The candidate should name a few of the leading agile frameworks, such as Jobs-to-be-done, Lean UX, Lean Startup, Design Sprints, Service Design, design ethnography, and lean user testing, NPS, Voice of the Customer, and others.

  4. How do you include user research in the product discovery process?

    User research, or better: user testing, should be a continuous, regular exercise in any product-driven organization. It’s a vital part of the agile build-measure-learn cycle. Practically, this means that communicating with UX designers and researchers becomes an integral part of the work of the PO and the entire Scrum Team. (Ideally, they belong to the team itself.) Also, customer feedback is continuously gathered by running frequent user interviews and observations. Moreover, these ideas also apply to technical projects, for example, API services.


  5. How much time do you allocate to user research and understanding your customers’ needs?

    Spending 50 % of their time with customers would be great. However, if it’s less than 10 %, and if no one else is handling product discovery on behalf of the Product Owner, the product discovery process needs to be improved. For example, by relieving the PO from administrative tasks, such as user story writing. (Note: the Product Owner is not primarily a user story author.)

  6. How would you design a process to handle product ideas from stakeholders and other members of the organization?

    Actively involving stakeholders and members of the general organization in the product discovery process is a sound approach. People like to have a purpose in life and be a part of something larger than themselves. So, providing a possibility to contribute to everyone without regard for their position in the organization will make working as a PO easier. A process for this level of inclusion doesn’t require fancy technology. A simple, shared spreadsheet or form is enough to kick-start it. An initial template to suggest new product features could comprise questions that address the why, the what, and the for whom. It could handle the tactical or strategic nature of the suggestion, a possible time-frame, or an estimate of the expected return on investment. Most importantly, designing the process should be kept agile: start with a simple solution, then improve it once the first experience has been made.

  7. At what stage do you involve the Scrum Team in the product discovery process?

    It is highly recommended to involve the Scrum Team as early as possible in the product discovery process. There are mainly three reasons for that practice: (1) The sooner the Developers participate in the product discovery process, the lesser the chances are that solutions are pursued that are technically not viable or would not result in a return on investment. (2) An early involvement ensures that the Product Owner and the other Scrum Team members develop a shared understanding and ownership of what they will build. This helps significantly allocate resources to the right issues, maximize the customer’s value, and mitigate the investment risk. (3) Developers’ early involvement also ensures their buy-in, a higher commitment level, and the Scrum Team’s willingness to participate in all product development phases. This will provide additional motivation on the Scrum Team’s side to participate in any change needed to accomplish the goals defined for each Sprint/product release.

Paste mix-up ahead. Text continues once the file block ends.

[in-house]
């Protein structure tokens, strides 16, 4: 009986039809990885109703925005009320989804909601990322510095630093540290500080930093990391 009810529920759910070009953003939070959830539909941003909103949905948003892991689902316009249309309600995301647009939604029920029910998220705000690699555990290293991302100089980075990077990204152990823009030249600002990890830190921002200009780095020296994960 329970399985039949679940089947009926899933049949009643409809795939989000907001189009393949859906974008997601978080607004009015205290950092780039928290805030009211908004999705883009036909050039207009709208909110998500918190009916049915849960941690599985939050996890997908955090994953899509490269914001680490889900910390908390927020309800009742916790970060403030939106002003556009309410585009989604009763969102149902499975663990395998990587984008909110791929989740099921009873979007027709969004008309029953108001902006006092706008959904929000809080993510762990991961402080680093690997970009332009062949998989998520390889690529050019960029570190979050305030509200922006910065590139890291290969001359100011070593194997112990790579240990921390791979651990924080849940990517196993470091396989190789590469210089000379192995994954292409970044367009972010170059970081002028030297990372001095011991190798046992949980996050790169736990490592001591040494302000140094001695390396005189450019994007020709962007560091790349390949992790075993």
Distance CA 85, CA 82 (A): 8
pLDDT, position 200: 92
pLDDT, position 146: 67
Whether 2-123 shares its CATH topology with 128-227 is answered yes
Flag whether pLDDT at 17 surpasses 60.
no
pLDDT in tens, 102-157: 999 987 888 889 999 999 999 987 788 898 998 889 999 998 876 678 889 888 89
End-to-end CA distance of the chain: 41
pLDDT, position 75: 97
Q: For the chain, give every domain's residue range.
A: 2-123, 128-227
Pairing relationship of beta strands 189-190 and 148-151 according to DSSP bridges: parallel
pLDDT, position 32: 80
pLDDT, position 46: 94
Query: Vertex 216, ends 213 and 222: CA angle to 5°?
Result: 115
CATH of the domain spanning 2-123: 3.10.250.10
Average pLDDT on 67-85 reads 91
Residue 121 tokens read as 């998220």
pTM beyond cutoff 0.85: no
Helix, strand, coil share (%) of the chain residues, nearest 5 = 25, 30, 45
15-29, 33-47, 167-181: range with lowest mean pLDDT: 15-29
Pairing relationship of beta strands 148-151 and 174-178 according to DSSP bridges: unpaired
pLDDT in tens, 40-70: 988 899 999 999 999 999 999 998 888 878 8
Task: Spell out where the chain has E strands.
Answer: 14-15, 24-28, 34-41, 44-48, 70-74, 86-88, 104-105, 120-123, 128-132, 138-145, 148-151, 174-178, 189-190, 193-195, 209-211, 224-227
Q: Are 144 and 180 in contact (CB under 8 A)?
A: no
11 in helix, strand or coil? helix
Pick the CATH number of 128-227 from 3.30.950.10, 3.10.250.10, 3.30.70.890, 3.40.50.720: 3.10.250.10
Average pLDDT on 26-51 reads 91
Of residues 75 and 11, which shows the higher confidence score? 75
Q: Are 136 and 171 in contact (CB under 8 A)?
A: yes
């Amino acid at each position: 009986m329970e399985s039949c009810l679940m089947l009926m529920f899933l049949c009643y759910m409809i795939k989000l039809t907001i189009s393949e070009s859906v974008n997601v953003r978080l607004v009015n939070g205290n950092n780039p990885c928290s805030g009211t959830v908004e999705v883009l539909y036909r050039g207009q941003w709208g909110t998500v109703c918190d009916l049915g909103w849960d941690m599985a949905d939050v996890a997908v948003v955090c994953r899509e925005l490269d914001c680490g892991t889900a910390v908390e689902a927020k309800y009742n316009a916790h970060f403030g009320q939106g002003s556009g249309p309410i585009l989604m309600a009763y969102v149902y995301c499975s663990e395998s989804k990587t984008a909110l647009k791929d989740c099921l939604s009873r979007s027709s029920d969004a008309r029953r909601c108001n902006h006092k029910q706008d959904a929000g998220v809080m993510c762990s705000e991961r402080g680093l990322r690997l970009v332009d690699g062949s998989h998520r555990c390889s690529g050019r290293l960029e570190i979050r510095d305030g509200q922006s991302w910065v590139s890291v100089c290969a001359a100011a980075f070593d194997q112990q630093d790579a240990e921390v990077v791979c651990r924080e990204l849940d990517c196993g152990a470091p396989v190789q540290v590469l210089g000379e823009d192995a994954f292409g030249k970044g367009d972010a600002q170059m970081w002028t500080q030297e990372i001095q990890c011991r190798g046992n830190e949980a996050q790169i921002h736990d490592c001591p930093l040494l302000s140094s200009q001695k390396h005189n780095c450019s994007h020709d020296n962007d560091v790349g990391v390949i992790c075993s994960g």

8. How do you determine whether an idea is a worthwhile investment?

    There are quantitative and qualitative categories, such as revenue increases, cost-cutting benefits by internal process improvements, increased customer satisfaction rates (NPS), sign-ups from customers for new products, positive customer feedback in customer care, etc. With this open question, Product Owner candidates should demonstrate their knowledge of determining what content constitutes an actionable Product Backlog, maximizing the value of the Developers’ work on behalf of the customers. It opens the area of product metrics broad. It allows for a discussion of outcomes vs. outputs, the escape from the feature factory, and how to overcome the industrial paradigm in general.

  9. How do you avoid misallocating resources on features or products that no one wants?

    Product Owners can avoid misallocating resources by a firm decision at the moment when it is clear that a product or feature is not valuable or not feasible. This means that a continuous monitoring process, such as metrics or regular user tests, needs to be established. Once the build-measure-learn cycle provides proof that an idea or a product is unlikely to succeed, the resource allocation needs to stop. (Don’t allow the “sunk cost” fallacy to cloud your judgment: no matter how much has been already spent, it does not justify to continue working on the product.)

  10. During which stages is the Product Owner participating in planning activities?

    There are several stages in which a Product Owner should participate, starting at the portfolio level to the product stage, to the release planning, and the Sprint Planning. Participation during the vision and strategy stages is highly recommended, though.

Set 3: Internal Stakeholder Management

This category of the Product Owner interview questions deals with specific aspects of relationships of the Product Owners with internal stakeholders:

  1. Your organization has recently decided to become agile and product-driven. How do you educate your stakeholders about the implications?
  2. How do you organize the collaboration with stakeholders and improve it over time?
  3. How do you communicate with uncooperative stakeholders?